Despising the Shame

“Therefore since we have so great a cloud of witnesses surrounding us, let us lay aside every encumbrance and the sin which so easily entangles us, and let us run with endurance the race that is set before us, fixing our eyes on Jesus, the author and perfecter of faith, who for the joy set before him endured the cross, despising the shame, and sat down at the right hand of the throne of God” (Heb 12:1-2).

Today we see the cross as a beautiful symbol of our Christian faith.  We wear it on necklaces, celebrate it in iconic art, and give it a prominent place in our church sanctuaries.  And this is as it should be.  The cross is a beautiful symbol of our rescue by Jesus, friend of sinners.

In Jesus’ day, however, the cross was anything but beautiful.  It was a symbol of death, and a vulgar death at that.  It was the epitome of shame.  A naked man being put to death on a stick of wood.  Oh the pain!  Oh the shame!

How did Jesus respond?  He “despised the shame.”  He rejected the shame.  He refused the shame.  He endured the shame for the “joy set before Him” of accomplishing the salvation of the world.  What Satan, Pontius Pilate, the Roman soldiers, and the Jewish leaders meant for shame, God turned into our good through Jesus’ obedience even to death on a cross.

Now, after the cross and the triumph of the resurrection, Satan still seeks to shame Christ’s children.  He holds a mirror up to our sin and reminds us of our moral failure.  His world system, at nearly every turn, mocks our belief as intellectually foolish and naive.  If Satan can’t have us, he seeks the next best thing, taking us out of service over our shame.

How should we respond?  By going to the accounting ledger, God’s Word, and believing what is written there about our sin; not only nailed to a cross and forgiven, but it’s power destroyed.  By recognizing our mockers not as our enemies, but prisoners of the Enemy, and staying grounded in the truth of God’s Word.  Don’t succumb to the shame.  Don’t believe the Accuser.  Despise the shame and press on to the reward.

“For I am not ashamed of the gospel, for it is the power of God for salvation to everyone who believes” (Rom 1:16).

The Thrill of Discovery – Epilogue

As a follow up to Josh and William’s comments on our last post, let me add this:  When I was in early elementary school, I dreamed of growing up to become an explorer like Christopher Columbus.  By about the fifth grade, I learned that the whole world had already been “discovered” so I changed my “what do you want to be when you grow up” to professional baseball player.  (That dream died as well when I didn’t go out for the high school team.)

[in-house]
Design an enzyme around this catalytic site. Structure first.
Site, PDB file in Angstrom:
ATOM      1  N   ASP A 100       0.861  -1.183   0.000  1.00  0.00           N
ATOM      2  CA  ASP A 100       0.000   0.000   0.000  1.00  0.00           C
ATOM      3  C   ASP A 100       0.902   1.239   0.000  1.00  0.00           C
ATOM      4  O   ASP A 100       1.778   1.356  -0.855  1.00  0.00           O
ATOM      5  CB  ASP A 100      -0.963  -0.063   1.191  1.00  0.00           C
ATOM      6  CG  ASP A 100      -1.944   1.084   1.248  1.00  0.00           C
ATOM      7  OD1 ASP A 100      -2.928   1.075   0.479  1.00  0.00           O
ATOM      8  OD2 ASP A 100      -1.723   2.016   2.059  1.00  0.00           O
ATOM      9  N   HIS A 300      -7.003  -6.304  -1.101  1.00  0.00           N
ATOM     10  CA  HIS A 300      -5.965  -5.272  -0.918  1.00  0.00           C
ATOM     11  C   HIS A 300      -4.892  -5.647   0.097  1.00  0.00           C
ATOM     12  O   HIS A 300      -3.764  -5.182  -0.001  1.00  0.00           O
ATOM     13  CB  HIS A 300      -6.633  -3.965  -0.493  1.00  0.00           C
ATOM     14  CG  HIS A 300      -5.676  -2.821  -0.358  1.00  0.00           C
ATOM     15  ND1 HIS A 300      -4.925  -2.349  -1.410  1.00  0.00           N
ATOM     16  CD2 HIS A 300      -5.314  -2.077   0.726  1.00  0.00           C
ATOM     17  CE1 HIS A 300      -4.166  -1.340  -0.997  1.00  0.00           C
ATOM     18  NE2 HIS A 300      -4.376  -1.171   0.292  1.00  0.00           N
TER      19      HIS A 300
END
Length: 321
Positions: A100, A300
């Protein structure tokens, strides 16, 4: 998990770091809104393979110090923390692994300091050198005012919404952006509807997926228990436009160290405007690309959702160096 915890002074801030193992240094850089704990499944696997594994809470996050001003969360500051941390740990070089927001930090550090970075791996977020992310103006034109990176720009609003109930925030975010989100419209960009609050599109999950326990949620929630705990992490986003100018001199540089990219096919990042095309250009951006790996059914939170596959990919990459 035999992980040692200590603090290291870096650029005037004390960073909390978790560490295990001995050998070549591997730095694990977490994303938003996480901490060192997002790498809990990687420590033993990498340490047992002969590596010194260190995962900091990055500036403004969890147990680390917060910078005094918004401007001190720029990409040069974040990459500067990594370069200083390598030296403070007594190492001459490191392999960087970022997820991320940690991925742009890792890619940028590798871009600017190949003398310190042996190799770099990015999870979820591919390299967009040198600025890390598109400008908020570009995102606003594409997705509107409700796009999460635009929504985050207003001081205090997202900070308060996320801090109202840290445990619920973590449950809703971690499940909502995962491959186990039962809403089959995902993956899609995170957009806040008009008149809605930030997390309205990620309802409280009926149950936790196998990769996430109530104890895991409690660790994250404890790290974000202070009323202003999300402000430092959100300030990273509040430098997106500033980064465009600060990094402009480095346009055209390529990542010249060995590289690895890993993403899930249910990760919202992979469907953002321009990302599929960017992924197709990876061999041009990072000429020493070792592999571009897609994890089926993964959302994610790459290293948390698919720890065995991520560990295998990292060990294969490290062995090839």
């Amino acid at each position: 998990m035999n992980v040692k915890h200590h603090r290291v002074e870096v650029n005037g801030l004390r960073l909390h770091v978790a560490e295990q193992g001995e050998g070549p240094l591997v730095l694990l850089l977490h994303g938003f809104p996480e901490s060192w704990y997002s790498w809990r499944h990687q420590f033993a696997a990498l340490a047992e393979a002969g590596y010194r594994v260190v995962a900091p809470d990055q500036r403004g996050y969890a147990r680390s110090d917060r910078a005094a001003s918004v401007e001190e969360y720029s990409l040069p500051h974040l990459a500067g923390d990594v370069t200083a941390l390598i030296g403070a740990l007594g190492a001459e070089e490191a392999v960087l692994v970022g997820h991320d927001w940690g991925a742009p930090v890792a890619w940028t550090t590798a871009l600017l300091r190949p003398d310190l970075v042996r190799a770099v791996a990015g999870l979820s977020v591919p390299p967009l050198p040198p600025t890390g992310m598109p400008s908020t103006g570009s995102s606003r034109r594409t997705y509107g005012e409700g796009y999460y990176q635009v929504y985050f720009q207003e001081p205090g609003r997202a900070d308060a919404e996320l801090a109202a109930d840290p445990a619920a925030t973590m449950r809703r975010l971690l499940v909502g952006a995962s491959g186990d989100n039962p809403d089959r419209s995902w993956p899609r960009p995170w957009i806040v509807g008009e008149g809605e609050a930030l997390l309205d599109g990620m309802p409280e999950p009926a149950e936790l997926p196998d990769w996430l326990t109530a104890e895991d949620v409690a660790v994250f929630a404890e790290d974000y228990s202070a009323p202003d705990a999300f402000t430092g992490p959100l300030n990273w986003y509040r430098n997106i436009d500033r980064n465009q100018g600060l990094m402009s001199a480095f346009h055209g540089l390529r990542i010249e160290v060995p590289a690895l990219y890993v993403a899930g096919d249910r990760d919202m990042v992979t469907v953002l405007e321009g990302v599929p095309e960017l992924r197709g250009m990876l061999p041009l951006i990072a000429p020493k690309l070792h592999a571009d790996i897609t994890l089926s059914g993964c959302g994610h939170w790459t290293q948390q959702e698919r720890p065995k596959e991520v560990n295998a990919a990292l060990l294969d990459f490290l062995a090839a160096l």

The irony in my path to a career is that, in time, I did become exactly what my first dreams desired; an intrepid explorer.  My interest in geology and geophysics was never in identifying rocks and minerals or unraveling the geologic history of the earth or deriving partial differential equations.  My interest was always in the search for buried treasure.  And my working years have been spent in the hunt for underground deposits of oil and natural gas; literally buried treasure.

My exploration bent has colored my spiritual journey as well.  I have characterized my spiritual journey as “The Thrill of Discovery.”  And I am always interested in how people discover Jesus.  This is why I subscribe to the “all of the above” approach to evangelism.

We are told today to forgo western style rational arguments for Christianity because our society lacks a basic belief in absolute truth to use as a starting point.  Yet many nonbelievers are coming to faith hearing an apologist answer what turns out to be their last objection to Christianity.  We are told that randomly distributing Bibles and tracts is too old school.  Yet Gideons International and the Bible League are flooded with testimonies of seekers coming to Christ through the reading of a provided Bible.  We are told to abandon preaching because young people no longer want to be “talked at”.  Yet the “preaching of the cross is the power of God to those who are being saved.”

What I am getting at is this.  Let’s not limit the means for getting the gospel message out.  Let’s not limit the giftedness of our fellow believers to spread the Word.  Let’s allow the church universal to use an “all of the above” approach and celebrate together, just as the angels in heaven do, every life that discovers Jesus.